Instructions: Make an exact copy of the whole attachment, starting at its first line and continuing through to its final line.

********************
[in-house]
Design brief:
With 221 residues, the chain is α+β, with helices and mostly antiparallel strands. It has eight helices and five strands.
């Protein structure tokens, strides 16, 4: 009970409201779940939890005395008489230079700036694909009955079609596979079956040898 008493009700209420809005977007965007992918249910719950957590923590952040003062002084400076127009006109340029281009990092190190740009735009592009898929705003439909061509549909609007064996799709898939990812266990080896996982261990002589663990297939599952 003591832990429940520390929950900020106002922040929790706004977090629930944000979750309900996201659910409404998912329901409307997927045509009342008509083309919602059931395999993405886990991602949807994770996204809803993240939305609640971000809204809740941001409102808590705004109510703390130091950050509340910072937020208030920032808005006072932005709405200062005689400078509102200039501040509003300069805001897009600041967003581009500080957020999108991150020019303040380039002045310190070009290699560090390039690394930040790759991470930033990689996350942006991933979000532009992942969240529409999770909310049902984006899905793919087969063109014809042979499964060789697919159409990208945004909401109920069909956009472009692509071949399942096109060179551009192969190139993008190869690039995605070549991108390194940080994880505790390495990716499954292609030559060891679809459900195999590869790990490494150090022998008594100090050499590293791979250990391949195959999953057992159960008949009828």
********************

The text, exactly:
[in-house]
Design brief:
With 221 residues, the chain is α+β, with helices and mostly antiparallel strands. It has eight helices and five strands.
């Protein structure tokens, strides 16, 4: 009970409201779940939890005395008489230079700036694909009955079609596979079956040898 008493009700209420809005977007965007992918249910719950957590923590952040003062002084400076127009006109340029281009990092190190740009735009592009898929705003439909061509549909609007064996799709898939990812266990080896996982261990002589663990297939599952 003591832990429940520390929950900020106002922040929790706004977090629930944000979750309900996201659910409404998912329901409307997927045509009342008509083309919602059931395999993405886990991602949807994770996204809803993240939305609640971000809204809740941001409102808590705004109510703390130091950050509340910072937020208030920032808005006072932005709405200062005689400078509102200039501040509003300069805001897009600041967003581009500080957020999108991150020019303040380039002045310190070009290699560090390039690394930040790759991470930033990689996350942006991933979000532009992942969240529409999770909310049902984006899905793919087969063109014809042979499964060789697919159409990208945004909401109920069909956009472009692509071949399942096109060179551009192969190139993008190869690039995605070549991108390194940080994880505790390495990716499954292609030559060891679809459900195999590869790990490494150090022998008594100090050499590293791979250990391949195959999953057992159960008949009828």